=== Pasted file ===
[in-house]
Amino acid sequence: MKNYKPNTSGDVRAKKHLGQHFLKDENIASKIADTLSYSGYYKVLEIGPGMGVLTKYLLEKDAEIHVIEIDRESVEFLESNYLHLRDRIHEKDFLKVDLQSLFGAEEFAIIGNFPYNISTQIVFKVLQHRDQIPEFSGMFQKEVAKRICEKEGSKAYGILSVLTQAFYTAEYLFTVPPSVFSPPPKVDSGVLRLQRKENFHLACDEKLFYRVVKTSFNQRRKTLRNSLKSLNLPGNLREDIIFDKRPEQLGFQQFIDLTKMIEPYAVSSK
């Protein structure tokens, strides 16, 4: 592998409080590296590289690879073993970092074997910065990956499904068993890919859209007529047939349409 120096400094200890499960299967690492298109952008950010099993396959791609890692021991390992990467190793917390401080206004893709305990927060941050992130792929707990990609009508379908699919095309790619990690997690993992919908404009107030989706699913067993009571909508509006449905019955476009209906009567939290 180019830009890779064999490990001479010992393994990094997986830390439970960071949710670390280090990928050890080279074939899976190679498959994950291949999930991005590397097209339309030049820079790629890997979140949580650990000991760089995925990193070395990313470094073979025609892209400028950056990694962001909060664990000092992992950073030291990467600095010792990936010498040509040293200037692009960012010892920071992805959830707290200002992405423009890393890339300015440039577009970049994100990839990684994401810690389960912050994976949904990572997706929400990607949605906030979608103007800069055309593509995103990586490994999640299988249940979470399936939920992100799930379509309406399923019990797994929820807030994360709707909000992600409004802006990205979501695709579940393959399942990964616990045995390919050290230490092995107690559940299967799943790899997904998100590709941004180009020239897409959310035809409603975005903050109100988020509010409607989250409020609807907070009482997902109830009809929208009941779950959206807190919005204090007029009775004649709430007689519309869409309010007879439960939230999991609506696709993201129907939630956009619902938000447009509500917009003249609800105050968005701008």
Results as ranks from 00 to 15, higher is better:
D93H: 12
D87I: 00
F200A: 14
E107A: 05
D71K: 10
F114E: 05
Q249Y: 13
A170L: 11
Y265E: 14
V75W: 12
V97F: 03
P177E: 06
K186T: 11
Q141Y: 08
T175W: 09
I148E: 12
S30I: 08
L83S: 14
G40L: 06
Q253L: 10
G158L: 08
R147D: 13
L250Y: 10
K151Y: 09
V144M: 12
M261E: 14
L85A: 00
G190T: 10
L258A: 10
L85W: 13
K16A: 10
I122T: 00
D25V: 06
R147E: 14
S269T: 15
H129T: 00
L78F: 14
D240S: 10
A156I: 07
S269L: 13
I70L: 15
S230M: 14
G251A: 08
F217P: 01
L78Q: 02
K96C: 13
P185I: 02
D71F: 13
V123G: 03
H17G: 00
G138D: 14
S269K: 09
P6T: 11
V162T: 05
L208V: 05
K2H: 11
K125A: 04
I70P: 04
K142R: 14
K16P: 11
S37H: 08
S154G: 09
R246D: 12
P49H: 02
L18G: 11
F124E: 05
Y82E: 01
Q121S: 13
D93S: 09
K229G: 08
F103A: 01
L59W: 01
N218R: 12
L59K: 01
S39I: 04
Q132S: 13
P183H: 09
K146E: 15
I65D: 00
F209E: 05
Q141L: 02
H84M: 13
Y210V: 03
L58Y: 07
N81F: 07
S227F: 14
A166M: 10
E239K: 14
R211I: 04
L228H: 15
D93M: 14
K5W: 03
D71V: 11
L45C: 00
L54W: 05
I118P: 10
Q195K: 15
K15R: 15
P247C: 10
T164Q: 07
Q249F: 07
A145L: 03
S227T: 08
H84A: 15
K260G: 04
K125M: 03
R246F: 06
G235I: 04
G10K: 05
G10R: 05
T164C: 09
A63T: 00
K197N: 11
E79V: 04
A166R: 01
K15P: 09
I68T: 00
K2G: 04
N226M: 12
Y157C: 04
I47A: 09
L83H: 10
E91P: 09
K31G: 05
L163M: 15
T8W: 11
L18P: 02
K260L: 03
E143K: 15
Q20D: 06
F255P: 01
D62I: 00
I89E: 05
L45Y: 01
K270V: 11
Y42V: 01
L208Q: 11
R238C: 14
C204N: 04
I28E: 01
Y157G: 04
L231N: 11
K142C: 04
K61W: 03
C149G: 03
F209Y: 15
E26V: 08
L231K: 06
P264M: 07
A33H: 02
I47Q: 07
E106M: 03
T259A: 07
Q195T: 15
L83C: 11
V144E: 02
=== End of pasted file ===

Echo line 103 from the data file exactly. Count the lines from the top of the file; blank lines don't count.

P247C: 10